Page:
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Michael Chung: Why I Joined Bond

Michael Chung: Why I Joined Bond

My journey to Bond weaves through a law firm founded in San Francisco in the late 1800s, a few well-established tech companies, a technology startup and the Federal Reserve Bank of San Francisco.

I've always found myself drawn to a diversity of experiences and ideas, as well as an assortment of problems to solve. The experience I've gained working in both public and private sectors has prepared me for an incredible challenge and opportunity — to work at the intersection of finance and tech-powered innovation as Bond's Senior Commercial Counsel. 

When I sat down to write this post, an old David Foster Wallace joke popped up in my mind and reminded me of a principle that's helped shape my career. During his commencement address to Kenyon College graduates back in 2005, Foster Wallace tees up this joke describing two young fish swimming along and encountering an older fish swimming the other way. The older fish says, "Morning boys. How's the water?" The two younger fish look at each other for a second, perplexed, before one replies, "What the hell is water?" 

Wallace is quick to temper the sugary sweetness of a college commencement parable with the real lesson behind the joke saying,"The point of the fish story is merely that the most obvious, important realities are often the ones that are hardest to see and talk about."

That same principle applies in finance precisely because your vantage point defines how you see the financial system at large. I think of Bond as a kind of Rosetta Stone for finance. It allows banks, brands, and businesses who are uniquely equipped with a high-definition picture of what financial products their customers need to deliver on those needs.

In the past, banks and brands were forced to whittle down their definition of what financial innovation is and what it could mean to their customers. Those definitions had to fit in the narrow gaps that legacy APIs and inflexible software financial institutions allowed. Using Bond, those same banks and brands don't have to sacrifice their vision. They can bring their ideas to life on an API-powered platform built for the modern world of finance.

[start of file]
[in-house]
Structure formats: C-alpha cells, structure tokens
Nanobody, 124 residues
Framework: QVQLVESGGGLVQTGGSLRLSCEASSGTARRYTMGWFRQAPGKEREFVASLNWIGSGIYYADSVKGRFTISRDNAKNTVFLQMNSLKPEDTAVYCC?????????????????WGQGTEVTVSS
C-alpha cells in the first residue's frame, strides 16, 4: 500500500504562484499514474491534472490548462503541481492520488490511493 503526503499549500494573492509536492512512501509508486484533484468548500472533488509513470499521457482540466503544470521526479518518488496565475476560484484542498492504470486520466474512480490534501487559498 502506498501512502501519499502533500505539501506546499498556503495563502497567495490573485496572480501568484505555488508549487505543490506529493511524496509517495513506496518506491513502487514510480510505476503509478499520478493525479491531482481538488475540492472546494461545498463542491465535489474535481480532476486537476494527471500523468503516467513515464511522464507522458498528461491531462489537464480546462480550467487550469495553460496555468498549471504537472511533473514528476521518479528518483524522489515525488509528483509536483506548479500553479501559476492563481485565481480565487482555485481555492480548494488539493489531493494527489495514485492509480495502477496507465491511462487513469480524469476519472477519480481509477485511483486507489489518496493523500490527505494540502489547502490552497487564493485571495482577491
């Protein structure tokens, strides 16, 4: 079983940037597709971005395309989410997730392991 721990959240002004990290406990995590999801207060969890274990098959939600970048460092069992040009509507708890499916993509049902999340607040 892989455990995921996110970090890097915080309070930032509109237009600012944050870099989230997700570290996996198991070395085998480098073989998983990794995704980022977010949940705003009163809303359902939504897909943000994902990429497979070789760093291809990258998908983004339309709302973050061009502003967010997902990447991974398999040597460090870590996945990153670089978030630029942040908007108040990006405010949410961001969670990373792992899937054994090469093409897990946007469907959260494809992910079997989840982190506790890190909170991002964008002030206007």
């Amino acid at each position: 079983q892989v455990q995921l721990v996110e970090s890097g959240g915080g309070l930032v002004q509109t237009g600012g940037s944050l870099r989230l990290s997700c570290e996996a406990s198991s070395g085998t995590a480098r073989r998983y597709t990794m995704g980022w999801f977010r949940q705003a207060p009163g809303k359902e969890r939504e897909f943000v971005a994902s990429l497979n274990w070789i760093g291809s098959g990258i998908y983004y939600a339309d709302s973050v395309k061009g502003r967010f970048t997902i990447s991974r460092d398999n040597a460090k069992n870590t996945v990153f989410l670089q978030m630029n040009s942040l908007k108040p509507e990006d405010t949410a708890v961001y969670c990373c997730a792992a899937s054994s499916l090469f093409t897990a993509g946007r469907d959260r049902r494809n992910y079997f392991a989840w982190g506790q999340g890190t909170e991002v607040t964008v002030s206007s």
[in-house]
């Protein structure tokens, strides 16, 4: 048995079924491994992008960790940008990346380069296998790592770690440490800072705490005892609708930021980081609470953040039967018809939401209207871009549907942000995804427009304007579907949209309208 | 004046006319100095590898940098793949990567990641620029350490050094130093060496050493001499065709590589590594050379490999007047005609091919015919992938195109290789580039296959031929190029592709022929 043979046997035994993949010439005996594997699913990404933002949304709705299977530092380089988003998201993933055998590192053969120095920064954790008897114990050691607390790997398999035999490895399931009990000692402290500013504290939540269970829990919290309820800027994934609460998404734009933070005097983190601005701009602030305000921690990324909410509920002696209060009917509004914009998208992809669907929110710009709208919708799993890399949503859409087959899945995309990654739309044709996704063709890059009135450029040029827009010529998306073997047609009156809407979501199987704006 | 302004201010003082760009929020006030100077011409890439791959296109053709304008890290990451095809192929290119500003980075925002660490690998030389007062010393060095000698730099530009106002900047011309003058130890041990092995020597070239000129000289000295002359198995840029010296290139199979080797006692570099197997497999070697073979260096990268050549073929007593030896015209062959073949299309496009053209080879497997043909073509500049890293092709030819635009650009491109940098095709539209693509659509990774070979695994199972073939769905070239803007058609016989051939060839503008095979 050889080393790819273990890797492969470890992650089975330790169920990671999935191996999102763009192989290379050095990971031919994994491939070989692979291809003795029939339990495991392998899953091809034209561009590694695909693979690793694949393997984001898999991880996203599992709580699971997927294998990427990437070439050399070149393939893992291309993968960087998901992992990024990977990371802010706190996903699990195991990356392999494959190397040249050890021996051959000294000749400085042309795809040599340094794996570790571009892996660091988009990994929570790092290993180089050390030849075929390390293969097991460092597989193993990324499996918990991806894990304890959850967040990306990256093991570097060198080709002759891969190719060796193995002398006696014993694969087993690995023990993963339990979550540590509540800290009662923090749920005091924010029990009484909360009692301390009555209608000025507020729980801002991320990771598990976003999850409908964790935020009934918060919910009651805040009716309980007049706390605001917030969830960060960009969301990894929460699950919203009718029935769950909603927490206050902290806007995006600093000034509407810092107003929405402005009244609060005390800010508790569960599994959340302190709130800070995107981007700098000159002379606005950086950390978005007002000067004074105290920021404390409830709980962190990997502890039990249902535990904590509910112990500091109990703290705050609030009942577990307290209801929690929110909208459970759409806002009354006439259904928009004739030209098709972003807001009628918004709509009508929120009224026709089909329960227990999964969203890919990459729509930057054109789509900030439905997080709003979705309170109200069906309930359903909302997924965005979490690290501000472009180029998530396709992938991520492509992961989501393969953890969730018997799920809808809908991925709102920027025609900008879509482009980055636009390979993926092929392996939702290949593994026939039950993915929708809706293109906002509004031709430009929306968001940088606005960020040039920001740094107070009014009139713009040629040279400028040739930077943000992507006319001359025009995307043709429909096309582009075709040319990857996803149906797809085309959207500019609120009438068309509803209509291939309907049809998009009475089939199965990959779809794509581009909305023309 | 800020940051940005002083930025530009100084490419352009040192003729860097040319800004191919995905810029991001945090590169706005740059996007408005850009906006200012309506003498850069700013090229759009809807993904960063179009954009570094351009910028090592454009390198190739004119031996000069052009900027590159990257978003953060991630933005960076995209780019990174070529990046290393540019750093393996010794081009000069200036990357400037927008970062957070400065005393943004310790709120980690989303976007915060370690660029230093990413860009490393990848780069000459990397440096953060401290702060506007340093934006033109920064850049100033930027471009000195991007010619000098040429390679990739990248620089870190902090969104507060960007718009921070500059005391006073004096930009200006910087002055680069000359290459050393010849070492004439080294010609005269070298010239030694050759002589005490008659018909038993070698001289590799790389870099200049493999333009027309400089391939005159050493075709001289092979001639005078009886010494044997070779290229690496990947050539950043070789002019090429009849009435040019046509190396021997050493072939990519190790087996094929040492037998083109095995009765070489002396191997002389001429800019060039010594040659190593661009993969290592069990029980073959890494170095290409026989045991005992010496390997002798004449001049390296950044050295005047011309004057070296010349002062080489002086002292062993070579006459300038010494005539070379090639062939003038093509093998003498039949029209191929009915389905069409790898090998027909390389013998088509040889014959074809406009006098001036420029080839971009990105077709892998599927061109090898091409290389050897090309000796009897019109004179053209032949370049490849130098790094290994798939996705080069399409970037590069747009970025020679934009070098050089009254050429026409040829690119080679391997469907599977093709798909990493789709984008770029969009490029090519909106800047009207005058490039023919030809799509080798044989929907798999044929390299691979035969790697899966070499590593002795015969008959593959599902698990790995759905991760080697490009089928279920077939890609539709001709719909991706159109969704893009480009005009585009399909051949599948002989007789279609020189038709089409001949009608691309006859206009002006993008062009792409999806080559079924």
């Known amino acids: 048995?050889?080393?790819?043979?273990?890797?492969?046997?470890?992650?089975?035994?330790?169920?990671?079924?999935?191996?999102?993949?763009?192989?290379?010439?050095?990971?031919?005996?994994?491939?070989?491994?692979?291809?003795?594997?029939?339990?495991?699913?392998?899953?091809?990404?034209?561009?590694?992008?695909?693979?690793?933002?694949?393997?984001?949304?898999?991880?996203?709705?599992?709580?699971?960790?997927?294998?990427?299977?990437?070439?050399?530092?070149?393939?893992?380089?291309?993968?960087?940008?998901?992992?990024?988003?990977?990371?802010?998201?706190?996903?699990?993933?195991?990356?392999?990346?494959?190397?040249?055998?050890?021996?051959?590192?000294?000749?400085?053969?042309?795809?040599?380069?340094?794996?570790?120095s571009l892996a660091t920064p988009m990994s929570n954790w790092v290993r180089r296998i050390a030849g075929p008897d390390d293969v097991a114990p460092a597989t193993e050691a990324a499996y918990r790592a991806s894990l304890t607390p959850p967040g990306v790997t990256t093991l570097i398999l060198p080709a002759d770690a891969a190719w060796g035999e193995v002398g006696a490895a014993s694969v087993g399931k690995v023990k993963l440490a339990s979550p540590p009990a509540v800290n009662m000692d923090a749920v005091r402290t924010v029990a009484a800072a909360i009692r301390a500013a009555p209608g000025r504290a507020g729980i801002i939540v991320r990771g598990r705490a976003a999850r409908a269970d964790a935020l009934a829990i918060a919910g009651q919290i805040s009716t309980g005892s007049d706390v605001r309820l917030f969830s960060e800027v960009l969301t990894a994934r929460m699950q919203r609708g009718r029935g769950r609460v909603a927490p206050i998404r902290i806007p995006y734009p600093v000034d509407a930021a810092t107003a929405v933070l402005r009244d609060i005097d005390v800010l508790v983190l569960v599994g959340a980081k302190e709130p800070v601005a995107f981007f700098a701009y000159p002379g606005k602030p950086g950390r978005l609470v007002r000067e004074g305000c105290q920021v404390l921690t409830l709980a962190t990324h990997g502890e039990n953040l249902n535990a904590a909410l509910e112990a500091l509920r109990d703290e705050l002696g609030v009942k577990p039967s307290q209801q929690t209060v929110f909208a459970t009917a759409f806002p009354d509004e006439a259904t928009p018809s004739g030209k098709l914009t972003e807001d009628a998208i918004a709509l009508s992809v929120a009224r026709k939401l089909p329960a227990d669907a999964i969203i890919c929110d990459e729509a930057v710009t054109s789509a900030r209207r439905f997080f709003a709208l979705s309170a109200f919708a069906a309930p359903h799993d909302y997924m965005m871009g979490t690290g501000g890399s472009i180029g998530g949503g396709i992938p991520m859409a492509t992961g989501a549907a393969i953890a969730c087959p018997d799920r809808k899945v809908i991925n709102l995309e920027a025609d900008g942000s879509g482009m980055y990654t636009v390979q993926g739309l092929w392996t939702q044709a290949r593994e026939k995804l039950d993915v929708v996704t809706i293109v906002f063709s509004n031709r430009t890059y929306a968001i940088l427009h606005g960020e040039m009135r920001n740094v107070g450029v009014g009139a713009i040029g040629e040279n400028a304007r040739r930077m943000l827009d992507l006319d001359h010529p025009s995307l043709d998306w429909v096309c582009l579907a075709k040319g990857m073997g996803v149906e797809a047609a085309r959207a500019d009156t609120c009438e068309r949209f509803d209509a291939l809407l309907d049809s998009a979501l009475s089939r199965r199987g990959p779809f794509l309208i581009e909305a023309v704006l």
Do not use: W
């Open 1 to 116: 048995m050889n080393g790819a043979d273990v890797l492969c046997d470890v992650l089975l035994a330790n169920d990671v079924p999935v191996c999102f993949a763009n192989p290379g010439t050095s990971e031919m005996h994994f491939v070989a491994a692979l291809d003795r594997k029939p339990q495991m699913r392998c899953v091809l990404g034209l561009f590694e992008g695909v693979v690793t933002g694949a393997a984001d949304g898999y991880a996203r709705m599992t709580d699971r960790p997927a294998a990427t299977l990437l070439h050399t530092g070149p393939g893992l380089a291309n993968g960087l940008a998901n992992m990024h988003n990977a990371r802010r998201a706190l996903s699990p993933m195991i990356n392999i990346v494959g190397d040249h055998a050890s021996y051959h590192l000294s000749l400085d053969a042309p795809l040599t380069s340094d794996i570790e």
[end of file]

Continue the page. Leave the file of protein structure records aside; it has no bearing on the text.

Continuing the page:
Industries that can support an array of ideas are better for it. In finance, less than stellar software tools have filtered out ideas that could change the entire industry, or just simply delight a small set of customers. Despite their difference in scope, both types of ideas are equally valuable because they present a new vantage point which could be the seed for a new company, or customer offering. 

When I was working for SAP and Liveperson, I saw how a massive software ecosystem can connect companies to their clients all around the world. At Optimizely, I saw how startups move to scale their customer base and ship products quickly. At the Fed, I moved from serving a private company's mandate to serving a public mandate, performing a service for U.S. citizens by ensuring the quality of that proverbial financial water we all swim in.

Bond has its sights set on that same type of universal mission — to change the way we think of fintech, to make it more inclusive and to make fintech tools accessible to all as opposed to just a small pocket of the industry. 

With both the perspective and experience I've gained in my career, I'm more excited than ever to put that vision to work at Bond.

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